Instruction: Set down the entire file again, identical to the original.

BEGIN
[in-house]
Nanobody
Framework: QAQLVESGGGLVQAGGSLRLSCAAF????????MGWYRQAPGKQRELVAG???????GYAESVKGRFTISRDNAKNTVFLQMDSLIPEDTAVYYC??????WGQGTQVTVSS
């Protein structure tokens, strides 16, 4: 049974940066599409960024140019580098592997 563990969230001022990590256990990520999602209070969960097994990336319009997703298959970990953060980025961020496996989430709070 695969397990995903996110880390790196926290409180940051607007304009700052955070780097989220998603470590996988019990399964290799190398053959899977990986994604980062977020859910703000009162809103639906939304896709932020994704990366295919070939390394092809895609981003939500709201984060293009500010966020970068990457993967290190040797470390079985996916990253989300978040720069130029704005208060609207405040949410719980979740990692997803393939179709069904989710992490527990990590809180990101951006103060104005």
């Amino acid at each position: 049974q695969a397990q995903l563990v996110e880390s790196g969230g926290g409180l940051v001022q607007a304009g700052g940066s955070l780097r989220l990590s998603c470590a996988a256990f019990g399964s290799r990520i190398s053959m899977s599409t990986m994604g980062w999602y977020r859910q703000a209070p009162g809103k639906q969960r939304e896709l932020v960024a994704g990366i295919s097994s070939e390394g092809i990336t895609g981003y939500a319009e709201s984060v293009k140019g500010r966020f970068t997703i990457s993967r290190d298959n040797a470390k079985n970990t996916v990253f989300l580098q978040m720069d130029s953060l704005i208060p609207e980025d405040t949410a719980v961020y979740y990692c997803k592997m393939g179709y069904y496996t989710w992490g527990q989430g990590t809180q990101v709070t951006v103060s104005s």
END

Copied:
[in-house]
Nanobody
Framework: QAQLVESGGGLVQAGGSLRLSCAAF????????MGWYRQAPGKQRELVAG???????GYAESVKGRFTISRDNAKNTVFLQMDSLIPEDTAVYYC??????WGQGTQVTVSS
């Protein structure tokens, strides 16, 4: 049974940066599409960024140019580098592997 563990969230001022990590256990990520999602209070969960097994990336319009997703298959970990953060980025961020496996989430709070 695969397990995903996110880390790196926290409180940051607007304009700052955070780097989220998603470590996988019990399964290799190398053959899977990986994604980062977020859910703000009162809103639906939304896709932020994704990366295919070939390394092809895609981003939500709201984060293009500010966020970068990457993967290190040797470390079985996916990253989300978040720069130029704005208060609207405040949410719980979740990692997803393939179709069904989710992490527990990590809180990101951006103060104005």
């Amino acid at each position: 049974q695969a397990q995903l563990v996110e880390s790196g969230g926290g409180l940051v001022q607007a304009g700052g940066s955070l780097r989220l990590s998603c470590a996988a256990f019990g399964s290799r990520i190398s053959m899977s599409t990986m994604g980062w999602y977020r859910q703000a209070p009162g809103k639906q969960r939304e896709l932020v960024a994704g990366i295919s097994s070939e390394g092809i990336t895609g981003y939500a319009e709201s984060v293009k140019g500010r966020f970068t997703i990457s993967r290190d298959n040797a470390k079985n970990t996916v990253f989300l580098q978040m720069d130029s953060l704005i208060p609207e980025d405040t949410a719980v961020y979740y990692c997803k592997m393939g179709y069904y496996t989710w992490g527990q989430g990590t809180q990101v709070t951006v103060s104005s």